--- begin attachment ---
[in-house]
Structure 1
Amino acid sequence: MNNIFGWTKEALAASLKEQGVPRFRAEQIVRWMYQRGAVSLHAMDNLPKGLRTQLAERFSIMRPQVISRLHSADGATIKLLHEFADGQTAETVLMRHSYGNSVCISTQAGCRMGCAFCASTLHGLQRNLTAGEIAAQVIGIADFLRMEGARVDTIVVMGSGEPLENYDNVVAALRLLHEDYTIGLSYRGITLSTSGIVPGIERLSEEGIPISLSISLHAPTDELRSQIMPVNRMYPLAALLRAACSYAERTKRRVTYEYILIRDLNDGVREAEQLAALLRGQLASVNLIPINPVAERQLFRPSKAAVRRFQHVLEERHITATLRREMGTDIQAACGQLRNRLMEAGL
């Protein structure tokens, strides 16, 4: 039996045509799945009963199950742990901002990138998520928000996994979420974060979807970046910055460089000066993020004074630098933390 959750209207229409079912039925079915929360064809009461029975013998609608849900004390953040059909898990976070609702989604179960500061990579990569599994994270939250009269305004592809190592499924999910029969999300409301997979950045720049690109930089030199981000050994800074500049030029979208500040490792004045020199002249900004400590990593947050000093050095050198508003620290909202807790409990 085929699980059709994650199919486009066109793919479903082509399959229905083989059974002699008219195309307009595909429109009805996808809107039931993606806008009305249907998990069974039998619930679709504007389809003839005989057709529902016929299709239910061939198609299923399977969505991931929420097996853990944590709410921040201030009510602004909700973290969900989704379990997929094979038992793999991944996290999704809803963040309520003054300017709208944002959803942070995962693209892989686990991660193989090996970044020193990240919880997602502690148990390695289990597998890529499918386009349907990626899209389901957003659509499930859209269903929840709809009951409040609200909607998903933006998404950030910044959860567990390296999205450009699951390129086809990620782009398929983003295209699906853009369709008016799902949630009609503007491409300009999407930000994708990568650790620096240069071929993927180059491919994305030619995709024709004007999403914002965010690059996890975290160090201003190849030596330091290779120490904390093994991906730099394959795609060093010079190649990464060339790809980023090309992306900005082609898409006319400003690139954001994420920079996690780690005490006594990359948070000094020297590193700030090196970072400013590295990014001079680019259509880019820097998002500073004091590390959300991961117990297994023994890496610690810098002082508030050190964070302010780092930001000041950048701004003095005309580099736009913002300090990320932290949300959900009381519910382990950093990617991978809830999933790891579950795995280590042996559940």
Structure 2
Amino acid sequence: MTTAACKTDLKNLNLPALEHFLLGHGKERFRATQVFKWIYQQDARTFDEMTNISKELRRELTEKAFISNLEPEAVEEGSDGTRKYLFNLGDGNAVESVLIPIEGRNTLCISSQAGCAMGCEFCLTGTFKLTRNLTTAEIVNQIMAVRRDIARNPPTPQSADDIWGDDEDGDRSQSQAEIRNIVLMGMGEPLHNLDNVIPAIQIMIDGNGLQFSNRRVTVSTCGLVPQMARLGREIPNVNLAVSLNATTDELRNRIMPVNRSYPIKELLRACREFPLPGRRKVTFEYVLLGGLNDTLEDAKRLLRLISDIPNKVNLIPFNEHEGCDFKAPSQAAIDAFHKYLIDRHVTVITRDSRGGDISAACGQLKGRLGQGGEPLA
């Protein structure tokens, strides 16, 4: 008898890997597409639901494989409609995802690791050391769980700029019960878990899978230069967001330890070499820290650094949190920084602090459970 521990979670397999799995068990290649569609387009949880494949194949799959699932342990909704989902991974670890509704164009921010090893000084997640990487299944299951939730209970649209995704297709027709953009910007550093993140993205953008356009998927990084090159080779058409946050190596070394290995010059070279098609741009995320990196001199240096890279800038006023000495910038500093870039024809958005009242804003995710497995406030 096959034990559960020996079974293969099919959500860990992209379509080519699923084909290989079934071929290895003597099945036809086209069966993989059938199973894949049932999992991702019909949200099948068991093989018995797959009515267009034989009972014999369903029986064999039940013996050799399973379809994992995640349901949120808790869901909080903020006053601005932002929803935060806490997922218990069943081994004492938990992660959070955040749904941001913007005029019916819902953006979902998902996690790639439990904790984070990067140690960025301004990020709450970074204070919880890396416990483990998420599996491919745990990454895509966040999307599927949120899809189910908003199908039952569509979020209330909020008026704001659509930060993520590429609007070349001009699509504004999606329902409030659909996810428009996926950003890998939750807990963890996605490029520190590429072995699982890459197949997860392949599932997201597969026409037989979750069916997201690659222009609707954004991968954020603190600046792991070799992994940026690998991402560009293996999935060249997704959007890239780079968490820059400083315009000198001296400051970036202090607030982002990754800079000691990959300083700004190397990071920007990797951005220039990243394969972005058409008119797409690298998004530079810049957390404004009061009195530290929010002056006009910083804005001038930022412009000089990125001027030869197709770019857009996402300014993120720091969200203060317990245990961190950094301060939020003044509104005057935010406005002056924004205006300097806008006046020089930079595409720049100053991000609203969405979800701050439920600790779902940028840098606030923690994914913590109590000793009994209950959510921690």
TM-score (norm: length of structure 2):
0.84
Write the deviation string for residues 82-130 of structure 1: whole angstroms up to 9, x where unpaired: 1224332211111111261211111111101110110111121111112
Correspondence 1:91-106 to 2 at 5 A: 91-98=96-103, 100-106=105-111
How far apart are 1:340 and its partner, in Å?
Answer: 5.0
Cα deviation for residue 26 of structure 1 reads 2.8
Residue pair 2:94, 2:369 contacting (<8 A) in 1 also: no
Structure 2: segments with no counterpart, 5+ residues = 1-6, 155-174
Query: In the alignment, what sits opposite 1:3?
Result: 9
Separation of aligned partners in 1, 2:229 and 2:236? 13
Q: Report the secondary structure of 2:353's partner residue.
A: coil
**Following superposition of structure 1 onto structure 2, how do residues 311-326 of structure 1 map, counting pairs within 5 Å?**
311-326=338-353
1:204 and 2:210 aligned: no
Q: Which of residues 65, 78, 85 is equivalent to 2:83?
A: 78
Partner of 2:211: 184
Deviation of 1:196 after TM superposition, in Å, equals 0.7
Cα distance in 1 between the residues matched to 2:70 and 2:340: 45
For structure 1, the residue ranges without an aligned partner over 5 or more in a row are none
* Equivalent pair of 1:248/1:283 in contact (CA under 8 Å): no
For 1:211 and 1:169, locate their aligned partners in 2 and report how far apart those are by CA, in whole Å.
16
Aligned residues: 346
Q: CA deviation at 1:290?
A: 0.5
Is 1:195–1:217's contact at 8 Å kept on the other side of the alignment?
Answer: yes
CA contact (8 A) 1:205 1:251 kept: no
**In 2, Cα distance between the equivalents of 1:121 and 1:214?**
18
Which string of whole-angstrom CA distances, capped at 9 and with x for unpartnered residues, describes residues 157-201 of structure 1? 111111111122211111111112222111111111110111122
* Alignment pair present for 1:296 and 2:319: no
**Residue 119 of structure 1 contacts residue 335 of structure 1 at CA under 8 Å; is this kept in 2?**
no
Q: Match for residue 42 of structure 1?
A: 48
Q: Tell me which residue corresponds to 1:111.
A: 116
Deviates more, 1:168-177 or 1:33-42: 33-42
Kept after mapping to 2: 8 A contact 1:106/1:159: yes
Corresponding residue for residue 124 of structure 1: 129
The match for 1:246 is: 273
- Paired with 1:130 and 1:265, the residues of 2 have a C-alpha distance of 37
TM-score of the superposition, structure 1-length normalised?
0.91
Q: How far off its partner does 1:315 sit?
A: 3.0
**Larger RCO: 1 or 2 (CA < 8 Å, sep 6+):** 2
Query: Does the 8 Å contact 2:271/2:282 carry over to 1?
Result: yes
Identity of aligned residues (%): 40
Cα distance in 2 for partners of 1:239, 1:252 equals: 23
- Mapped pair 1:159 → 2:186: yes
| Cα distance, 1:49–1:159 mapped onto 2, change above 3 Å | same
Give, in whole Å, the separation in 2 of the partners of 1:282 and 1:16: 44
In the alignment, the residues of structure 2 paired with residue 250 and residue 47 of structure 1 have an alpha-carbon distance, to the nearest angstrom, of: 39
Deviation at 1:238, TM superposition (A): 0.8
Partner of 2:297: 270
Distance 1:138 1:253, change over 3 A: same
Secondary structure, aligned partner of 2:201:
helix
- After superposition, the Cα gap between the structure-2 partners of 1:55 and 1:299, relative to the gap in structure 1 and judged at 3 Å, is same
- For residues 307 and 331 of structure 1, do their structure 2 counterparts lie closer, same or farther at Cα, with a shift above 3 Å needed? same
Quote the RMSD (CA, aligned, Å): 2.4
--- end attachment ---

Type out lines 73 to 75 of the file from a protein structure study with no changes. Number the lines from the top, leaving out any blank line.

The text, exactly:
- After superposition, the Cα gap between the structure-2 partners of 1:55 and 1:299, relative to the gap in structure 1 and judged at 3 Å, is same
- For residues 307 and 331 of structure 1, do their structure 2 counterparts lie closer, same or farther at Cα, with a shift above 3 Å needed? same
Quote the RMSD (CA, aligned, Å): 2.4